That brings us to options. Sewing your own clothes is really all about options. You need to choose what options you would like to try and test those with your muslin. Keep in mind not everything looks good on every body. Some people look great in a cap sleeve, some look better in sleeveless.
Also your fabric will guide some of these choices. I have discovered that a bold pattern is too much for the cap sleeve and I go sleeveless with bold fabrics but I love the cap sleeve in a solid or more subtle print.
CHOICES to consider:
Choose your fabric, neckline, sleeve or not, to shirr or not to shirr (I suggest the shirring), pockets or not, facings, lining or bias binding and length. I cant choose for you. And if you suck at decision making either get better or sewing may not be your jam.
I made my muslin using inexpensive quilting cotton from Jo-Anne's. I strongly suggest your muslin be of similar weight to your finished product. For example if you plan to make your Washi out of rayon you need to make your muslin out of rayon. And so on and so forth. I would suggest you stay in the mid - light weight fabrics. But this is your dress so do what you want.
I have made the Washi out of light weight denim, quilting cotton and rayon. They have all turned out lovely. It really is a simple pattern that is easy to adjust.
The Made By RAE website has some tips on the different options you can check out: Maxi or this Maxi tutorial, The Washi expansion pack gives you more necklines and sleeves.
I did a rounded neck that I ended up adding wee bit of a gather to the front, basically because it was too big. So I gathered it and then made the facing the size of the newly gathered neckline.
I did the pockets and cut them out as part of the skirt pieces. I did the shirring on the back. Which I love and the length is the pattern length which happens to be perfect on me.
The glasses fabric Washi is made with quilt weight cotton. It is sleeveless with store bought bias binding at the neck and arm holes.
I did the pockets, cut as part of the skirt pieces and again the pattern length.
I am currently finishing up a rayon maxi that will have either self bias binding or black I have not totally decided yet. I did not do pockets in the rayon because it was so light and airy I did not want to add any bulk to it. It will be ready to show you by post 2, I hope.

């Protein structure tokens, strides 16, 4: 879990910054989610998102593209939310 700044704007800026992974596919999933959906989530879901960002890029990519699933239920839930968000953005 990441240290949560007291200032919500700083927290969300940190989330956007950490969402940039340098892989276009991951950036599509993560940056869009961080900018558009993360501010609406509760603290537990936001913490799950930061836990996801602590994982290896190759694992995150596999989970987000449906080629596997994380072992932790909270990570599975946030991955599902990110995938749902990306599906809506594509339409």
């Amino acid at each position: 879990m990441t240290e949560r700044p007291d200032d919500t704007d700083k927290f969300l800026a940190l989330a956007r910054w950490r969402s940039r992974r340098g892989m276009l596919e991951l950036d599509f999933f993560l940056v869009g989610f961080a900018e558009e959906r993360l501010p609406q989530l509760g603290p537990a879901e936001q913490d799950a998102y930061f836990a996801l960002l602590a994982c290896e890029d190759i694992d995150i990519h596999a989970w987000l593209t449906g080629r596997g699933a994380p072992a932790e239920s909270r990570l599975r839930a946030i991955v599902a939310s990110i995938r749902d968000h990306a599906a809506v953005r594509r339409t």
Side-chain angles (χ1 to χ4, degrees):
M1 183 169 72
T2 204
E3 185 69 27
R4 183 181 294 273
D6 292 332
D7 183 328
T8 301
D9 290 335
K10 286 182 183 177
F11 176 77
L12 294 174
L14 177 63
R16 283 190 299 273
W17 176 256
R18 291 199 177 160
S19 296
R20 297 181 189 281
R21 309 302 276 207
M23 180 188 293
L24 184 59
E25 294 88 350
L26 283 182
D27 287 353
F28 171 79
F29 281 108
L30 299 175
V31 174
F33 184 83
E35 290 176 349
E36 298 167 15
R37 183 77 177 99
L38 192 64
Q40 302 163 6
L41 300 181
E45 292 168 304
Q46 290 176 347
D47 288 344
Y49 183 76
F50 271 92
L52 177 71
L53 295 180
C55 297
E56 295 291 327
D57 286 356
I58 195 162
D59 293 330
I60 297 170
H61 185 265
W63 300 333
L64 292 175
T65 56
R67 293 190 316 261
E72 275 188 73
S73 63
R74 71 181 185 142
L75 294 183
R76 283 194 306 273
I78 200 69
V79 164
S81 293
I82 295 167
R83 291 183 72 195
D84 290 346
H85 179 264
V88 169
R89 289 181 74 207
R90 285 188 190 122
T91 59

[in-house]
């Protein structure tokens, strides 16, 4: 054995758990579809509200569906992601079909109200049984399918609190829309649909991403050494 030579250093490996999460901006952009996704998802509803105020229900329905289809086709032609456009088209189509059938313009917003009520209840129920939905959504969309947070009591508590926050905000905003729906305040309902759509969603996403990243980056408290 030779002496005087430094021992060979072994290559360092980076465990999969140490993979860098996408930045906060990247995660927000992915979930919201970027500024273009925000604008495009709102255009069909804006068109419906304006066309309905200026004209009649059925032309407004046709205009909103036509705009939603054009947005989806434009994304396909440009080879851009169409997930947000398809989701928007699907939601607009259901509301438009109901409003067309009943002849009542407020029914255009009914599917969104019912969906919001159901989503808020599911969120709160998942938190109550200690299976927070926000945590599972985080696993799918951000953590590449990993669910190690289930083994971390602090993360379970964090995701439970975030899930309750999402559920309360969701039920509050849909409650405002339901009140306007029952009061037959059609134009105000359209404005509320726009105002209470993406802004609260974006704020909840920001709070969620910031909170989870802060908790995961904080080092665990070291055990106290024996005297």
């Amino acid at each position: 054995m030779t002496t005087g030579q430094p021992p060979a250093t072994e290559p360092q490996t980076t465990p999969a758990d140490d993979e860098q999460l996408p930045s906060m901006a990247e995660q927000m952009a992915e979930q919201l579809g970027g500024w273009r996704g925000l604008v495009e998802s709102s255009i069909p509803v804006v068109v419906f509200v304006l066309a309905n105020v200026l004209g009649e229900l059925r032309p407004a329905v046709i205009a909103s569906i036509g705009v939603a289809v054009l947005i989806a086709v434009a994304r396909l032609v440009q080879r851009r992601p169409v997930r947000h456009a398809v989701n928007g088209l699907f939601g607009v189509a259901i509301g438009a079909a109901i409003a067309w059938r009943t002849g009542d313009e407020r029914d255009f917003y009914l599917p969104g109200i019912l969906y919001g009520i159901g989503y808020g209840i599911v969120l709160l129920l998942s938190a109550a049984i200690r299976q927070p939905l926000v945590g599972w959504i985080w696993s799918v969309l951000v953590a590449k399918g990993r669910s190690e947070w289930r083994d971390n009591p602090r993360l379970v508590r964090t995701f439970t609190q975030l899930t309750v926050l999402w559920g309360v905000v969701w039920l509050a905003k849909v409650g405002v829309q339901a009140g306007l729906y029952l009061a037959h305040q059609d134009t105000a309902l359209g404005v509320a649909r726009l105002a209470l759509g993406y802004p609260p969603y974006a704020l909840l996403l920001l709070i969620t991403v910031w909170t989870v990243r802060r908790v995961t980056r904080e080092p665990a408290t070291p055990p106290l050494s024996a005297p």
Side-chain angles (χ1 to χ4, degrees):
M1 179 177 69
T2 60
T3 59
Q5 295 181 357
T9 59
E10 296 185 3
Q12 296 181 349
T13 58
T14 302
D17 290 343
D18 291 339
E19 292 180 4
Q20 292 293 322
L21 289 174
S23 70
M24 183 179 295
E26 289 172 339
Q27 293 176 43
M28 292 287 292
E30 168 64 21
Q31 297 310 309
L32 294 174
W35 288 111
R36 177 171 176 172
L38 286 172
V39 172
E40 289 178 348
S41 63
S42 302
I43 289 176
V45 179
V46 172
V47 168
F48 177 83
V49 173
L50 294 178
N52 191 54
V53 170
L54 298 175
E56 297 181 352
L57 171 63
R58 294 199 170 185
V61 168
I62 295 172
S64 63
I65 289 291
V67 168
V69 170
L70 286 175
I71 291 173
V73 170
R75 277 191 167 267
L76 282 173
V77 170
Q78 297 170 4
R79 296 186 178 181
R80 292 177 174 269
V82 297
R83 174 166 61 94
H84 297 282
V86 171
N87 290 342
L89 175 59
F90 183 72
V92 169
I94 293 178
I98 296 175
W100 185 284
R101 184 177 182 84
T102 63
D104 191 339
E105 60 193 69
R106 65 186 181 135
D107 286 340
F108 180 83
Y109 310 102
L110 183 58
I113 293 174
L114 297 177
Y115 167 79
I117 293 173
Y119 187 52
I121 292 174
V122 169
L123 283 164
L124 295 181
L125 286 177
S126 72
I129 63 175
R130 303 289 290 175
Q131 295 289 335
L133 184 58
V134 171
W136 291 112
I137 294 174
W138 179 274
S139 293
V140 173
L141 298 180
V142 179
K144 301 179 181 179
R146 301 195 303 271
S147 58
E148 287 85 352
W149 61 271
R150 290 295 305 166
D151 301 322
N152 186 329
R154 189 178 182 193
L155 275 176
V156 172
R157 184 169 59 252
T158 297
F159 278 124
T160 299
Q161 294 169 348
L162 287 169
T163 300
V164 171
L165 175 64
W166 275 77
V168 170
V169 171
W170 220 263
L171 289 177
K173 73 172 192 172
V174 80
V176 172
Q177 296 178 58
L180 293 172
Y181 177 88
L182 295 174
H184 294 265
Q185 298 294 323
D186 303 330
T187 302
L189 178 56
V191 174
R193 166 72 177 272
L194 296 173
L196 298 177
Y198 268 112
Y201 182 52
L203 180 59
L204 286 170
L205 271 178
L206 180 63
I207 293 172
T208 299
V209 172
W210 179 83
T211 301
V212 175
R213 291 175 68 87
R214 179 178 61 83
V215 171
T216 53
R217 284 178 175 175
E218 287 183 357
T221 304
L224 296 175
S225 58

Next I want to try the tunic, but I am trying to find the right fabric for that one. I may go shopping or I may just dig through my stash. We shall see.
That brings us back to fabric selection. Which options you choose will impact how much fabric you need. A tunic will need less than a maxi...etc. The fabric at the store may speak to you so keep all your options in mind.
I would suggest sticking to fabrics you know to start and then maybe your next attempts you could branch out. You don't want to be battling with your fabric while you are working out fit and general sewing issues.
My go to place in the Atlanta area for apparel fabrics is Fine Fabrics, thats where I got the light weight denim. It is on the access road at Jimmy Carter and 85 near the Rooms to Go Outlet. At $5-$6 a yard for 60"-72" wide it leaves you a lot of room for experimenting.
I have heard good things about the new Gail K location in Norcross GA. Fabric World out in Stone Mountain is really hit or miss. There is a Jo-Anne's a five minute walk from my house, however it is not my favorite, again hit or miss.
Online I buy a lot from Fabric.com (glasses fabric and my rayon where purchased there). And Beth who owns Stash Fabrics is great.
I have come around to not adjusting my bobbin tension because it just does not need to be changed. If you loosen the tension it does not put enough stretch on the elastic thread. It took me lots of experimenting to get here. But the Made by Rae tutorial on shirring says this so if I has just read it I would have been better off. However as she points out this may not be so with really light weight fabric.
If you end up ahead of the game go ahead and check out this tutorial and do some practicing.